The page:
Tony's Reviews > Argall

Argall by William T. Vollmann
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Sep 14, 11

bookshelves: u-s-lit, top-10-2011
Read from July 14 to September 14, 2011

This is one sumbitch of a book.

In every sense of what that means. It's longer than its 700 pages. Dense. And written in the vernacular of the time. So it takes both concentration and commitment.

And this is not the Disney version of Pocahontas. No smiling blue birds cavort around her singing face. It's brutal and cynical and ironic. True? Hell, I don't know. The author equivocates in endnotes. But it reads true. And slaps you in the face with that possibility. Mostly it insists that you think.

I wasn't there. My ancestors weren't there. But I am here, in part, because of Argall, a person, but also a spirit, a way of doing things. Three questions: a) Does that absolve me? b) Wasn't everyone a 'Salvage' - victim and winners alike? and c) Are there reasonable, let alone legally cognizable, remedies? Legislatively mandated gaming licenses are just so many more blue beads, aren't they? Especially when there's some Argall behind the curtain getting rich.

Maybe the only 'remedy' is literature. This book redeems. It's my first Vollmann and I intend to read the rest of the Seven Dreams series.
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Comments (showing 1-8 of 8) (8 new)

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message 1: by Donna (new)

Donna I like Vollman a lot. I just tripped over him last year through a book called 'Imperial'. Denser than Kiwanis fruitcake and I loved it. So was 'You Bright and Risen Angels'. In fact I had trouble following that one at times but the sheer density kept me going and it exploded into comprehension at some point. Stealth density within the density. I didn't know he had a Jamestown story up his sleeve. That's two things right there that I can't leave alone.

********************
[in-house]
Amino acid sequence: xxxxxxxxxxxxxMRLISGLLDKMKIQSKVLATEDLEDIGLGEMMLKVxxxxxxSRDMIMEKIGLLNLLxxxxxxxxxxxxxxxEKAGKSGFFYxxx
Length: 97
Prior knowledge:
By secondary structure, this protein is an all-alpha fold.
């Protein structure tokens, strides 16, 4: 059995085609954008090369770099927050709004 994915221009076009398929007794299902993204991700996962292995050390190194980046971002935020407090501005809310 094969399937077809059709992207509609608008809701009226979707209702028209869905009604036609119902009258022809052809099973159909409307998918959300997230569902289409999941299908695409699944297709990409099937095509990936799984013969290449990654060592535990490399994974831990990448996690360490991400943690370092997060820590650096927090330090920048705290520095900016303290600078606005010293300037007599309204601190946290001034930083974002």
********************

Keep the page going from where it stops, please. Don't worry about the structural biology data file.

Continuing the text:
message 2: by Tony (last edited Sep 15, 2011 03:10AM) (new) - rated it 5 stars

Tony The scholarship and inventiveness were striking. Vollmann writes fiction like Walter McDougall writes history: with awareness, confidence and fearlessness, intruding not only himself but the occasional billboard. And plenty poetic: as smooth as fingers gliding o'er the grooved backs of church pews. Always hitting the same Machiavellian themes: misfortunate swims the fish with insufficient guts.


Tony I don't think I want any Kiwanis fruitcake.


message 4: by Donna (new)

Donna It is a bit heavy on the raisins. Kind of a brown clump. The Lion's club makes theirs a bit lighter with more candied fruit. More colour.


message 5: by Donna (new)

Donna sometimes the thought of here in the 1600s keeps me up at night. I take away the filled land. Remove the houses. Add the trees. The lake would be the same colour, as well as certain landmarks. But there's a point where it all gets crowded and spooky from superposed inhabitants and habitants.


Tony I'm just not much of a joiner.


Tony The Lions' Club, I mean. But, yea, the landscape too.


message 8: by Donna (new)

Donna They used to sell the fruitcakes door-to-door around here. My Mom used to buy them to make the Lions go away. The tin was always good for art supplies. There's a part in 'Imperial' where Vollman takes a few square miles of dry landscape, digs up all the deeds and makes it interesting. Then he goes off to Mexico and does all those things that make me worry he'll put an eye out. I don't think he sleeps.


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